Inside Prince Charles' Top Secret Meeting with Scotland Yard over Princess Diana Accusations
Prince Charles was interviewed as a witness and asked about Princess Diana's note that claimed "my husband is planning an accident"
The probe was part of Operation Paget, the investigation into the various conspiracy theories surrounding Diana's death launched by the British Metropolitan Police in 2004.
This week, former head of Scotland Yard John Stevens detailed the circumstances surrounding the interview, which quietly took place at St. James's Palace in London, to the Daily Mail. Stevens said that only Prince Charles and his private secretary, Sir Michael Peat, knew about the meeting on the palace's side, and only Stevens and his senior investigator, Dave Douglas, from the investigation force were aware of it to prevent leaks and publicity.
The meeting took place on December 6, 2005, amid a busy day for Prince Charles including an evening reception for the Prince's Regeneration Trust.
"The interview was unique. Of course it was a unique situation," Stevens recalled. "But we approached it as we would any other witness."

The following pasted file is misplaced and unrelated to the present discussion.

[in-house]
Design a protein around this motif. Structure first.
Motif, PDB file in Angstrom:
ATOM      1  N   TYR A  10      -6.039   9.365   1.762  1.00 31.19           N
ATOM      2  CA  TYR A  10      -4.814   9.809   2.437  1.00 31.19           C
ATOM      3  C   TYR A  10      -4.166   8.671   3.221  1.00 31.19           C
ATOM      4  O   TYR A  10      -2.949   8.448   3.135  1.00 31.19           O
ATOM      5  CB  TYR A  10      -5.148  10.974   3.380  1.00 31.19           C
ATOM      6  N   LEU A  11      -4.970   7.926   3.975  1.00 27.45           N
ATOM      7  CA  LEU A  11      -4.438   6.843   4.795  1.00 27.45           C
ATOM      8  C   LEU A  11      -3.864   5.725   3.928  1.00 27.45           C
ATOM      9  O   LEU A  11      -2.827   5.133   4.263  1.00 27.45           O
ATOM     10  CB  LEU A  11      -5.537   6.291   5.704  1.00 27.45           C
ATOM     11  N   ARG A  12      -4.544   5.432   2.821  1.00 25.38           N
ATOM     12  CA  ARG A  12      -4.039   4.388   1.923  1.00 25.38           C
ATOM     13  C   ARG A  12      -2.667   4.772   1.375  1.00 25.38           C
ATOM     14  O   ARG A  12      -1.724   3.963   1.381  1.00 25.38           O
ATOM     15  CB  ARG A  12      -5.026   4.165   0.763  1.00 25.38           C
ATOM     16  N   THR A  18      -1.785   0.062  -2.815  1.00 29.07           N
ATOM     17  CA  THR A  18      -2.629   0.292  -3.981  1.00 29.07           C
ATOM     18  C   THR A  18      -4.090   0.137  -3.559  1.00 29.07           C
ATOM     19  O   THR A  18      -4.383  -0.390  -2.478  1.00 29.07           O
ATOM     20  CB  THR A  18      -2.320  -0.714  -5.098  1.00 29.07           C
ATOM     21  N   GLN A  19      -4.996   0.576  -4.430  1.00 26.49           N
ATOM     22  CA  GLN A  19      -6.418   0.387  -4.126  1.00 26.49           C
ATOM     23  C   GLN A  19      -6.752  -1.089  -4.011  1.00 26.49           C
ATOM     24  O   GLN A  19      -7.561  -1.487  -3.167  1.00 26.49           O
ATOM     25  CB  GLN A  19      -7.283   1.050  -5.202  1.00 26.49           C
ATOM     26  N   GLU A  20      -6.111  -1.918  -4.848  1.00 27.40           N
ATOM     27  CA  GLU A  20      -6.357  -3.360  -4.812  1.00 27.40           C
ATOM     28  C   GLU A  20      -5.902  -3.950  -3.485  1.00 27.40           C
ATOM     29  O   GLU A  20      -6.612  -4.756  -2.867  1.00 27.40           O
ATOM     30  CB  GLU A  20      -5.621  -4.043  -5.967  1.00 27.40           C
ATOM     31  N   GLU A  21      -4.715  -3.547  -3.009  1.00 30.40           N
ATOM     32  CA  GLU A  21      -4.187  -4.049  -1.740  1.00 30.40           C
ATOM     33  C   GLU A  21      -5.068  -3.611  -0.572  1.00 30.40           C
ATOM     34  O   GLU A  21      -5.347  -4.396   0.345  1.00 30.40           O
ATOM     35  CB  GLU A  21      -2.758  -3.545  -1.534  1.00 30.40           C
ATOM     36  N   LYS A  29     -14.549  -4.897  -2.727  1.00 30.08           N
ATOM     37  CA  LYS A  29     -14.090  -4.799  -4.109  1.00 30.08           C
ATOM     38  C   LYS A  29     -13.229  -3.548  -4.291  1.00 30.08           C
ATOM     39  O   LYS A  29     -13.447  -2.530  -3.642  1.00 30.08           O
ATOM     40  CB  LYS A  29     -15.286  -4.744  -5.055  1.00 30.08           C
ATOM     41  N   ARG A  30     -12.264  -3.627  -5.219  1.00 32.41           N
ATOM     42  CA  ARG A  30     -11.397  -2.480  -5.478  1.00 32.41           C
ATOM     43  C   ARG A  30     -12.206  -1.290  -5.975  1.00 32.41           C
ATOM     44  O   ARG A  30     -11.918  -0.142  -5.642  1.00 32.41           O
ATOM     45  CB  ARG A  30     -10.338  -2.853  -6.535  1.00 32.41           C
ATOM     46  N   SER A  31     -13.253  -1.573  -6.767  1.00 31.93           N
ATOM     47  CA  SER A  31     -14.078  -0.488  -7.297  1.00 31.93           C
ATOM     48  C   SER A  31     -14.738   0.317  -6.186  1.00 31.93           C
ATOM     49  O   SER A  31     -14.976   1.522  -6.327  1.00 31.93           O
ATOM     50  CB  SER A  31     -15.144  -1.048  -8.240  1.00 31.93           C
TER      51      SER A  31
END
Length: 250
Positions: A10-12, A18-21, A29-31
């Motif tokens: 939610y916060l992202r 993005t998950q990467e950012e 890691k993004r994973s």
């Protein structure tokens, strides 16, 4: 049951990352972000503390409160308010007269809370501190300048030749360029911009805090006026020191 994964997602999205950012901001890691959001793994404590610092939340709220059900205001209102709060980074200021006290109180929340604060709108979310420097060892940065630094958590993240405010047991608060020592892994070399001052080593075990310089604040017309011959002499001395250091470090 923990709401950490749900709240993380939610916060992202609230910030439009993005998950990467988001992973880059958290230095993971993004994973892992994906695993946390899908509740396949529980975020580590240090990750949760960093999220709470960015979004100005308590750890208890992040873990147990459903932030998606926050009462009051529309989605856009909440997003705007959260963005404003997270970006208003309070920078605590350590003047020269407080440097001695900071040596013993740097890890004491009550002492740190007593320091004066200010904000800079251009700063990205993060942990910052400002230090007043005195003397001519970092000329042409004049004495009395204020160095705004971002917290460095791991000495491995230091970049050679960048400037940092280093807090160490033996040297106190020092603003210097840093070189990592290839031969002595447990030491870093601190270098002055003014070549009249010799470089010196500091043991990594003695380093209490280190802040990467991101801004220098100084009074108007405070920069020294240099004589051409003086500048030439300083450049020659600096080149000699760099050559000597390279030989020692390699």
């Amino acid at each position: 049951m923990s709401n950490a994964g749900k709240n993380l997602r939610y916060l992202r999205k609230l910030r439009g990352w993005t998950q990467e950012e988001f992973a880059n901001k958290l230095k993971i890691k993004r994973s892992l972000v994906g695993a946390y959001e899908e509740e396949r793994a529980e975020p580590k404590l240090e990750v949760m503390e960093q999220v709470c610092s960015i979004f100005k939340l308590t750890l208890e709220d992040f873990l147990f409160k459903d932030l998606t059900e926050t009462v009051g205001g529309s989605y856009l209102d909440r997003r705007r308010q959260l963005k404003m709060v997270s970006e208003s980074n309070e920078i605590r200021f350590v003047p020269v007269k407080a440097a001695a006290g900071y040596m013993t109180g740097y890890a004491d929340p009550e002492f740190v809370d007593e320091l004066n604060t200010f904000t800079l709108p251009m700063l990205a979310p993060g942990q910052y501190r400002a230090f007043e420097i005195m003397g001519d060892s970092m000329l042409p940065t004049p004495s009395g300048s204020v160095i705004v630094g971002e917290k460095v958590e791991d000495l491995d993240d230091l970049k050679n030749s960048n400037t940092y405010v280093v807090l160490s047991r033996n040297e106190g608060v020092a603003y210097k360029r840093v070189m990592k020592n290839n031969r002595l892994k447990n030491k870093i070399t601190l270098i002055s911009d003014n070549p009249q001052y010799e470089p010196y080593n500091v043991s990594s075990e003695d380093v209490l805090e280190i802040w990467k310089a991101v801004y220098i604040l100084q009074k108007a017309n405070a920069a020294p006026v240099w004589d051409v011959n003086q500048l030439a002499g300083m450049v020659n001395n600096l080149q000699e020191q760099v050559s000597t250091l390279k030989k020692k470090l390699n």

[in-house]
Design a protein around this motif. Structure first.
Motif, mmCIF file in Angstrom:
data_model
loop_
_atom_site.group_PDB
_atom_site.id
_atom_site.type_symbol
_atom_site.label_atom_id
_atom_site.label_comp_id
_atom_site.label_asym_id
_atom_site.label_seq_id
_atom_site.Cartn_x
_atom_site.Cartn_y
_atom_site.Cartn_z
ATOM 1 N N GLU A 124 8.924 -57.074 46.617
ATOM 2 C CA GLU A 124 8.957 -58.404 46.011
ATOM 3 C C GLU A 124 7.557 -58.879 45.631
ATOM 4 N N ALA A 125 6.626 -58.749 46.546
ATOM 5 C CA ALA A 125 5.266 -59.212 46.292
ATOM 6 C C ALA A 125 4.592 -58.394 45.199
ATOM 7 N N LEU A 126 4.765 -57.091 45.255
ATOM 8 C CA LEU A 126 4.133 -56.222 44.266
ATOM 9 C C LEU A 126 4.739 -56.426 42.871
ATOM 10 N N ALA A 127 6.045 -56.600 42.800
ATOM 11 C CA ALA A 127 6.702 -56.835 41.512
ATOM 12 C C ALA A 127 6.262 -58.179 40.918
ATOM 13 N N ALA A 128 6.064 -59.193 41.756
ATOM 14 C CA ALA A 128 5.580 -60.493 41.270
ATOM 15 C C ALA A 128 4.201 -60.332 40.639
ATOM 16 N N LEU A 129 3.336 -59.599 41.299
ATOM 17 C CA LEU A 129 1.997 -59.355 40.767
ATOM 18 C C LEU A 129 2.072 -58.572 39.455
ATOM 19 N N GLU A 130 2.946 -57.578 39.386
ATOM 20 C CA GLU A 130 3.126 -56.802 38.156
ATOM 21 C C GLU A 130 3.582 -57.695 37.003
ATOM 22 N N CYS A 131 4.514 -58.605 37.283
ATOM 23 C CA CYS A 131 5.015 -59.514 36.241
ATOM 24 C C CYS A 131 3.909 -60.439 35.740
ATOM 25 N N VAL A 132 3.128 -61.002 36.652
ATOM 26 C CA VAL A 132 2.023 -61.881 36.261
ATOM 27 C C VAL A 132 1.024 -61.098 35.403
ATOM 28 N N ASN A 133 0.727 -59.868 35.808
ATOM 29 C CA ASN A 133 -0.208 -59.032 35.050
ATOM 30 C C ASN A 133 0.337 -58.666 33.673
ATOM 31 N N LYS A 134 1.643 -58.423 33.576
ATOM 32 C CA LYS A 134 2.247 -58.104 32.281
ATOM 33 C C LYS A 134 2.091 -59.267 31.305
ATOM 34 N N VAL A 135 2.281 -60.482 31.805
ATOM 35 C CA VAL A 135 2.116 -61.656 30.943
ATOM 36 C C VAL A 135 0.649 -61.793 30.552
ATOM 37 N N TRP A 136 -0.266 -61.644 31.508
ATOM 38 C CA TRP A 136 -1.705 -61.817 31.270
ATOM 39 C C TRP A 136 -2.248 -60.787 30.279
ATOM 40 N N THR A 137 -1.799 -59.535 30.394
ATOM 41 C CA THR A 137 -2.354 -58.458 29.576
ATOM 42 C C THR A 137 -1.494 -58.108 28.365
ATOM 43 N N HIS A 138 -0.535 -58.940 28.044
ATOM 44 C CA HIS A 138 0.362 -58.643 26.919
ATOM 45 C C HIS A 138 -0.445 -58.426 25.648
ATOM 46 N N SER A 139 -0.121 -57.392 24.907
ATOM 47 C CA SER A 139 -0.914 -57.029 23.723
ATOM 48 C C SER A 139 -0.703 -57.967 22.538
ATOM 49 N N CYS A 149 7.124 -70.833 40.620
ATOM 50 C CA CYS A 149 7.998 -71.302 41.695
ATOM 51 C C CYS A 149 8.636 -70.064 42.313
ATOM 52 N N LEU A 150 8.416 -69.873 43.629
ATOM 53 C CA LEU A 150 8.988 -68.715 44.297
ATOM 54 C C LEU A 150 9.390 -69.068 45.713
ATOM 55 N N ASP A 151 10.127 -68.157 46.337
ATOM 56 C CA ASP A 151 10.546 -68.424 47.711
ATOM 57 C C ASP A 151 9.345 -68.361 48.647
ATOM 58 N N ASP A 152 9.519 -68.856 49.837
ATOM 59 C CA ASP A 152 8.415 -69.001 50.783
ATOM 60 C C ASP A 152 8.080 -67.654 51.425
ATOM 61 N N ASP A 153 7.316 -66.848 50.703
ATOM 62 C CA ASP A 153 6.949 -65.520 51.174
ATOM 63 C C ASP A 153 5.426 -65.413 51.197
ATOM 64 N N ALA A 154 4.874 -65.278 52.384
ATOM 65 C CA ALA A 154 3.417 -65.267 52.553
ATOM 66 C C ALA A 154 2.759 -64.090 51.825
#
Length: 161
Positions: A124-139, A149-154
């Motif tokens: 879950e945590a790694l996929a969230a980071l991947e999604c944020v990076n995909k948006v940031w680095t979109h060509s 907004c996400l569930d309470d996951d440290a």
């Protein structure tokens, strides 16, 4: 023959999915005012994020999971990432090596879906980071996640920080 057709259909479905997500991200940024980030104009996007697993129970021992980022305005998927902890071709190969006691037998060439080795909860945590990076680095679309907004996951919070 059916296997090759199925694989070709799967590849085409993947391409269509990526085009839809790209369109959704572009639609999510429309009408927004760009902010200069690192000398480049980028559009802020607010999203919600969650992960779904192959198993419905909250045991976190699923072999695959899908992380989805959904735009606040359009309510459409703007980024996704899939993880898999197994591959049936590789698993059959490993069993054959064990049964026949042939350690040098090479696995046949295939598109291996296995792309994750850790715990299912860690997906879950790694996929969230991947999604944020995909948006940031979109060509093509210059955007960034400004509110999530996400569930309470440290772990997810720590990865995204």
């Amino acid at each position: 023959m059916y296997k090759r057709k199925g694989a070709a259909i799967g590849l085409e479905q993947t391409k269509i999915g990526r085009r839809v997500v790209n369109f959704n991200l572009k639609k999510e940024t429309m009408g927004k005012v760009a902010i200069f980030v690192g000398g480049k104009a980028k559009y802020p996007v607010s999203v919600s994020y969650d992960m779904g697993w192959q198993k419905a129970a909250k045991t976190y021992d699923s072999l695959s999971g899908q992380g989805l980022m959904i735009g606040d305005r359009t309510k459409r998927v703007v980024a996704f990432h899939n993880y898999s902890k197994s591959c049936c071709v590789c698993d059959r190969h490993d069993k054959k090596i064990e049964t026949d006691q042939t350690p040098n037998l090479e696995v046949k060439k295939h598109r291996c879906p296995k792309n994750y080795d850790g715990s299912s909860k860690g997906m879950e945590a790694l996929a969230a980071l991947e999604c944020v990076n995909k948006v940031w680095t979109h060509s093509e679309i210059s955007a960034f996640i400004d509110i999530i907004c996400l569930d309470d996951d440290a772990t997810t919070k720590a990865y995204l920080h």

Stevens told the Daily Mail that after cordial small talk, he read aloud a note written by Princess Diana in 1995 that claimed, "My husband is planning 'an accident' in my car, brake failure and serious head injury," so that he could marry Tiggy Legge-Bourke, a nanny for Prince William and Prince Harry. Charles and Diana divorced in 1996.
Diana added in the note that Charles's current wife, Camilla, Duchess of Cornwall, "is nothing but a decoy."
Stevens says he read the note to Prince Charles and then asked him, "Why do you think the princess wrote this note, sir?"
The royal replied, "I did not know anything about [the note] until it was published in the media."
"You didn't discuss this note with her, sir?" Stevens asked, to which Charles said, "No, I did not know it existed."
When asked, "Do you know why the princess had these feelings, sir?" Charles replied, "No, I don't."
"At the end of the day he was incredibly cooperative because he had nothing to hide," Stevens told the Daily Mail.
Princess Diana's note was written around the time she did her famous BBC Panorama interview with Martin Bashir.
An inquiry conducted by former supreme court judge John Dyson found last month that Bashir used "deceitful methods" to secure the interview by commissioning fake bank statements.
Stevens told the Daily Mail he regretted that he and his officers did not interview Bashir.
"If there'd been an allegation then that Bashir had produced allegedly fake documents to Princess Diana, which is a criminal offense, we'd have investigated it. My goodness me, we would have done," he said. "But this has only come out recently, which is unfortunate."